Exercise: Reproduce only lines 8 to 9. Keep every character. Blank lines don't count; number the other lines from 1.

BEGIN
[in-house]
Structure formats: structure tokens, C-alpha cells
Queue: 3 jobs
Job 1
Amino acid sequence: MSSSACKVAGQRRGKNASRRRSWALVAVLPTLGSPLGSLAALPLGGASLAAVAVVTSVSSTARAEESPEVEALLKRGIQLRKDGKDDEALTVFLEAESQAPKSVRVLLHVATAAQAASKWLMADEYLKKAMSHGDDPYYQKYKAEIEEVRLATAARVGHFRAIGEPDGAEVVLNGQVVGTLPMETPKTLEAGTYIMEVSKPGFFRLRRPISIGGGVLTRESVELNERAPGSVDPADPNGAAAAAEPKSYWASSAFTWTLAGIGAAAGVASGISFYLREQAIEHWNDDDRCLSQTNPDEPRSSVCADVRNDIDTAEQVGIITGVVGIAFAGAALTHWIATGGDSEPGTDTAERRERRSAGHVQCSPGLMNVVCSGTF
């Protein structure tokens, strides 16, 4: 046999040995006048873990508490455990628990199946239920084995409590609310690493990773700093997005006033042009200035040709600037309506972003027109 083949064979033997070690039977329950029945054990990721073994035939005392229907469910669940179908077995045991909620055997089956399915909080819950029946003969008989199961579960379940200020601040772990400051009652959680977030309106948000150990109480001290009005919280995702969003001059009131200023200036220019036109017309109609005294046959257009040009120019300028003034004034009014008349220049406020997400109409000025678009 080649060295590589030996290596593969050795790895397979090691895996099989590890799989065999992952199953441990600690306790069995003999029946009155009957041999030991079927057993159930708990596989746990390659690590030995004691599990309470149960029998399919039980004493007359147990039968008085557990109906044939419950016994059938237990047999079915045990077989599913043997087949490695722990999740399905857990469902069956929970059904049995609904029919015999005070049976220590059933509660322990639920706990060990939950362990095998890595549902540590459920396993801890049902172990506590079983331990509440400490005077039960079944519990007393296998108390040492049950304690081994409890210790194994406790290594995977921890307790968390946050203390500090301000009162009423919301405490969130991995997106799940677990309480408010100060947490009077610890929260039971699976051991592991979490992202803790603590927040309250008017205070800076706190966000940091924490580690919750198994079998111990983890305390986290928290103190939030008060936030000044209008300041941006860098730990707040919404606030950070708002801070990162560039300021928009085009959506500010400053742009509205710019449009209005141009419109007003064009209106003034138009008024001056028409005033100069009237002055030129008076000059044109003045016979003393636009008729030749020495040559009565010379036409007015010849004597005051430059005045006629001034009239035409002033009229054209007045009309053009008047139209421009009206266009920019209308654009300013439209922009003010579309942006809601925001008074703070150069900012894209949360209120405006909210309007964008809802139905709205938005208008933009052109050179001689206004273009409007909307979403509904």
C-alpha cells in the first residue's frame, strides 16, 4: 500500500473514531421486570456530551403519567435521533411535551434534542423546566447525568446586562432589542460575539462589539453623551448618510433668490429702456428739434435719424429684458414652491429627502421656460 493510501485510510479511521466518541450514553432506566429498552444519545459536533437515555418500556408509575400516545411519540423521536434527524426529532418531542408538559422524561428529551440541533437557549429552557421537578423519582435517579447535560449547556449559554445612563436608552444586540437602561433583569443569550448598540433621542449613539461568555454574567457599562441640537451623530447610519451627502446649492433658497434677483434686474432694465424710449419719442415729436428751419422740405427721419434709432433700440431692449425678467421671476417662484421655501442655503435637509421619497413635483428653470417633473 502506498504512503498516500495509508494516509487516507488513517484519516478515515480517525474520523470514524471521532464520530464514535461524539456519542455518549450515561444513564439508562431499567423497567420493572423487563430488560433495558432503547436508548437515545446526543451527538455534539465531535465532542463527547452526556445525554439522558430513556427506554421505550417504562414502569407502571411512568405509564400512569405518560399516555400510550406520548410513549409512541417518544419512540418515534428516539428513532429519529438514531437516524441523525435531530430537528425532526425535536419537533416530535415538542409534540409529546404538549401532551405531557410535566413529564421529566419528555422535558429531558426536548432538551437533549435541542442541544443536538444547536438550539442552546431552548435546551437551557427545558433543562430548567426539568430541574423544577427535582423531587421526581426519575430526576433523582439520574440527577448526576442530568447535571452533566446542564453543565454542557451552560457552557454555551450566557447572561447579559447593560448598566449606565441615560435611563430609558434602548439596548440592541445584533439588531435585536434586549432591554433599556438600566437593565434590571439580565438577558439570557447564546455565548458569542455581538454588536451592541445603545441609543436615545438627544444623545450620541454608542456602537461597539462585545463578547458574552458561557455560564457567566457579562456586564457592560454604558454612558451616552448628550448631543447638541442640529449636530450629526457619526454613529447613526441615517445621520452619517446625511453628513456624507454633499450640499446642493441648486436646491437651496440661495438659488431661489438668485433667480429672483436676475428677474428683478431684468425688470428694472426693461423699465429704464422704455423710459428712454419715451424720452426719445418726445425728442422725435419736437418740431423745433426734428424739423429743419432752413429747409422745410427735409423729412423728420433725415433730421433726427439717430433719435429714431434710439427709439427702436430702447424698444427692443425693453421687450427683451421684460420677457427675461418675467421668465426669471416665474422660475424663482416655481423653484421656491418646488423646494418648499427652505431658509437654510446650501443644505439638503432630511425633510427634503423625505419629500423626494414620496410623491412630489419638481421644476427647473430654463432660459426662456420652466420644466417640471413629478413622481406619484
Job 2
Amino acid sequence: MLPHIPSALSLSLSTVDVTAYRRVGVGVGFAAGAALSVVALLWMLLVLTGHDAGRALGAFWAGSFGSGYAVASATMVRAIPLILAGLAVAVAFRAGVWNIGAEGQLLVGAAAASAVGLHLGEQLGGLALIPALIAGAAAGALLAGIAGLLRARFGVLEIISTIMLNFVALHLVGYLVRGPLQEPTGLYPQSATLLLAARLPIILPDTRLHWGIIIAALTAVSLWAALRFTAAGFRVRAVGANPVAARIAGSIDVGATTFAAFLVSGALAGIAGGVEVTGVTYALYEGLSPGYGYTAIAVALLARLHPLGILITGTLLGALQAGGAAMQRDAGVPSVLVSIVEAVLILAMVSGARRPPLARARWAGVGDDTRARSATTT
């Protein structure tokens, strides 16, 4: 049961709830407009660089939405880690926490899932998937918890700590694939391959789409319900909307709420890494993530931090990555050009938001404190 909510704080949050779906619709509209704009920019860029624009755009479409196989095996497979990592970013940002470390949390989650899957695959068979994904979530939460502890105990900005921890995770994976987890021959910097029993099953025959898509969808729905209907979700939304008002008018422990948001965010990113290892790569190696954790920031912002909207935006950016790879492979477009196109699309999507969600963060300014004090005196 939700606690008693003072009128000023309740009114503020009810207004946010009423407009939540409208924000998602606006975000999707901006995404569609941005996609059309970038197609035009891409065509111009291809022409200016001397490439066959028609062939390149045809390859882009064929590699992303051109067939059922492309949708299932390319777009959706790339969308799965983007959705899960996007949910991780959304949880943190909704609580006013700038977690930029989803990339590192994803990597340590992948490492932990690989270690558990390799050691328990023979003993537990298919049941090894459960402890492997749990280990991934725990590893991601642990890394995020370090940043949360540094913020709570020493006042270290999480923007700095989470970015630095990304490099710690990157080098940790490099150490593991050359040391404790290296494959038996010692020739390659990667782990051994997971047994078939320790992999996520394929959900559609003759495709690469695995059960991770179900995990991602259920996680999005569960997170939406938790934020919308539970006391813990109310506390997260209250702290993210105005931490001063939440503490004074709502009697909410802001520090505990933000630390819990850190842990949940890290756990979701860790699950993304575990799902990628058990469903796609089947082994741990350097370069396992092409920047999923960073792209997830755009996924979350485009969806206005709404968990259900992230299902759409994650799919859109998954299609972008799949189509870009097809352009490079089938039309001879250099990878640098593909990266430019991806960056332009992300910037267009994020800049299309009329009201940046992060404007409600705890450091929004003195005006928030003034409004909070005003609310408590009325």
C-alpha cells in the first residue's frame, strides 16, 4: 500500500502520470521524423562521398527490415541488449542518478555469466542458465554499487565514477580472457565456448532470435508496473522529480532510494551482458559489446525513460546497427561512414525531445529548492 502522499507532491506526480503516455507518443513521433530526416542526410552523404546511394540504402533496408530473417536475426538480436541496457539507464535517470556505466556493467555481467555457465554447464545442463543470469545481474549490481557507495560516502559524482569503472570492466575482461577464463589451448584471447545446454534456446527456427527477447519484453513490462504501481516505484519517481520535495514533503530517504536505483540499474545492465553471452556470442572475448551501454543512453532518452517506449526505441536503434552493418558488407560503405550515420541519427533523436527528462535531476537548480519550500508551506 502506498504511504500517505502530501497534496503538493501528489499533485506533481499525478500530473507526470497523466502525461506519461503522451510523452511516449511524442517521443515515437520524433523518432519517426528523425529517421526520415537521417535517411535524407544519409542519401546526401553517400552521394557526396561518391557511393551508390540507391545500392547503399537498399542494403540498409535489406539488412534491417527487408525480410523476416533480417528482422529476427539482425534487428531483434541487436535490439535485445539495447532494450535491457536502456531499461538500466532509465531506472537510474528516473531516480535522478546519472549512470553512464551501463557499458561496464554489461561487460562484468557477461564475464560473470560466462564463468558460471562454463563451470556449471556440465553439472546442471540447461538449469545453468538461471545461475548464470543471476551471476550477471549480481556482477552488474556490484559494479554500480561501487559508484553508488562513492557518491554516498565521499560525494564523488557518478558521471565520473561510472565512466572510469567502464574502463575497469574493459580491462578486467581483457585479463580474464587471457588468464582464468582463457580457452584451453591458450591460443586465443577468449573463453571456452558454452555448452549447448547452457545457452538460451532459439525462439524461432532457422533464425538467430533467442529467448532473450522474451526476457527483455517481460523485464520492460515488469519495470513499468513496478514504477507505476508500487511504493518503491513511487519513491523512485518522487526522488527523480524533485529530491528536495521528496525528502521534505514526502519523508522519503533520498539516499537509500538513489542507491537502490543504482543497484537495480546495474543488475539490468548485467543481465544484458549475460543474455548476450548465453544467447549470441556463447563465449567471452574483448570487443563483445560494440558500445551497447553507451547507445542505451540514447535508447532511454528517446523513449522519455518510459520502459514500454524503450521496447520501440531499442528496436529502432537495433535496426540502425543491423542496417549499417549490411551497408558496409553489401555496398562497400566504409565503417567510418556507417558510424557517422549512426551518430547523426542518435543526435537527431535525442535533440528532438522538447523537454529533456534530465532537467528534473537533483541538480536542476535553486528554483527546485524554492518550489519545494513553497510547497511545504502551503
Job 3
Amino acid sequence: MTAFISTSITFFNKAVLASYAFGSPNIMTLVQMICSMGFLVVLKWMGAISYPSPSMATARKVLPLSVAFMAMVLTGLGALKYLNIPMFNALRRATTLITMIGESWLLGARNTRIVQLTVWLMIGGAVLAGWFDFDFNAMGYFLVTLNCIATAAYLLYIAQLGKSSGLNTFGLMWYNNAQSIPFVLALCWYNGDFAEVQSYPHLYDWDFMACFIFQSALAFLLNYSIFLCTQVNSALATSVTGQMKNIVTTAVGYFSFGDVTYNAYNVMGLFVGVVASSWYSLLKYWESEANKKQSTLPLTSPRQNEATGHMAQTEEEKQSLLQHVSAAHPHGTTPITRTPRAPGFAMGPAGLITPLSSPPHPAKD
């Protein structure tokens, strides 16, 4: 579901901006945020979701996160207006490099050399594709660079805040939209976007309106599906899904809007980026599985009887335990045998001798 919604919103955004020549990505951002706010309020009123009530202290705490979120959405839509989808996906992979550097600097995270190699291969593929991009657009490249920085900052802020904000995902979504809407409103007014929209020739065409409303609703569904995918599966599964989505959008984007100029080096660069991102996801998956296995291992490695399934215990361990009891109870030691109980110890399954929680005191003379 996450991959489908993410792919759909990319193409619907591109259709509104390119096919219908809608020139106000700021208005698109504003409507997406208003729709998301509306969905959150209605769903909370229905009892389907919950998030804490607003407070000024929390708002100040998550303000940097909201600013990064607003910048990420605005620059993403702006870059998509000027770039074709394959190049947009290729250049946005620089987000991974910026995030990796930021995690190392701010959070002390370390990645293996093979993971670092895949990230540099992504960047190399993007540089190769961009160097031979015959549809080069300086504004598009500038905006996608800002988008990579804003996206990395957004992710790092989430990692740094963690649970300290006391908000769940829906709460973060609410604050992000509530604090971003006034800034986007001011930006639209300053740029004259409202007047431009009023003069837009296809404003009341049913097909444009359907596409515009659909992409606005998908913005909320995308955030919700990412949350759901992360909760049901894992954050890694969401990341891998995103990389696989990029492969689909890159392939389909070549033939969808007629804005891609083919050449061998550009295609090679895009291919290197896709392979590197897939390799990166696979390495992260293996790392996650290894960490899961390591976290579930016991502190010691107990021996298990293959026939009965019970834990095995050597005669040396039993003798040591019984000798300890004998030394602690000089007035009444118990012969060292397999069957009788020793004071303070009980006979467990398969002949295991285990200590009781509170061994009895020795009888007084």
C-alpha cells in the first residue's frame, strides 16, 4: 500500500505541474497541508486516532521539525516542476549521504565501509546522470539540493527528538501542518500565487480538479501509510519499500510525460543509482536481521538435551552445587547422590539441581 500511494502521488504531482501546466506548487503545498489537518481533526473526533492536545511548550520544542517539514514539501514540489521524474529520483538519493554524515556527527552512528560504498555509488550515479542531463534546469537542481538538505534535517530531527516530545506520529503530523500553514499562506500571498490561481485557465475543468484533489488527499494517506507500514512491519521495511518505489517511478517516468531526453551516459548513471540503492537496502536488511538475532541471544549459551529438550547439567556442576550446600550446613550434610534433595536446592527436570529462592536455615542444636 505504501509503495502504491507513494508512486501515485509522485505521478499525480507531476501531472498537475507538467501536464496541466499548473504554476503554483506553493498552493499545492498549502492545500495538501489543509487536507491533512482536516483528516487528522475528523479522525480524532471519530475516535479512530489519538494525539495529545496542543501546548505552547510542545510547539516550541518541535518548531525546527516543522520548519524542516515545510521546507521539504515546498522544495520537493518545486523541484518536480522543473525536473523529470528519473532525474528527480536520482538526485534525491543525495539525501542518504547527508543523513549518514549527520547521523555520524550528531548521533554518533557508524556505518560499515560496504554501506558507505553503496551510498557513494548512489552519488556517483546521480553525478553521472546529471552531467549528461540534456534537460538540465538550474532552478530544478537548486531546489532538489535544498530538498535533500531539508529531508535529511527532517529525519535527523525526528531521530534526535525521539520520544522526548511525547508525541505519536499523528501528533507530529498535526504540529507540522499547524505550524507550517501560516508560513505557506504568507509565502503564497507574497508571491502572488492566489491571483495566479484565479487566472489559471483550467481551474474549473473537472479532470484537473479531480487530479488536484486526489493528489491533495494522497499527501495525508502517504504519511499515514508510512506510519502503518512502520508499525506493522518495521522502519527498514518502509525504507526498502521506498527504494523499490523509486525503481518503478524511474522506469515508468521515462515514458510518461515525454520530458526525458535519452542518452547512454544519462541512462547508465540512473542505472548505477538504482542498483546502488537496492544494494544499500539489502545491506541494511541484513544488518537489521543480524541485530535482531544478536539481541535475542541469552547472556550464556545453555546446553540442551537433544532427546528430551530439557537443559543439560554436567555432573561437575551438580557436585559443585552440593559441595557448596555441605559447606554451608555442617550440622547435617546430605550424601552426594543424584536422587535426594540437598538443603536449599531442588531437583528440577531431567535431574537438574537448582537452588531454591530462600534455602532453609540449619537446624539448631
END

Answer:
Job 2
Amino acid sequence: MLPHIPSALSLSLSTVDVTAYRRVGVGVGFAAGAALSVVALLWMLLVLTGHDAGRALGAFWAGSFGSGYAVASATMVRAIPLILAGLAVAVAFRAGVWNIGAEGQLLVGAAAASAVGLHLGEQLGGLALIPALIAGAAAGALLAGIAGLLRARFGVLEIISTIMLNFVALHLVGYLVRGPLQEPTGLYPQSATLLLAARLPIILPDTRLHWGIIIAALTAVSLWAALRFTAAGFRVRAVGANPVAARIAGSIDVGATTFAAFLVSGALAGIAGGVEVTGVTYALYEGLSPGYGYTAIAVALLARLHPLGILITGTLLGALQAGGAAMQRDAGVPSVLVSIVEAVLILAMVSGARRPPLARARWAGVGDDTRARSATTT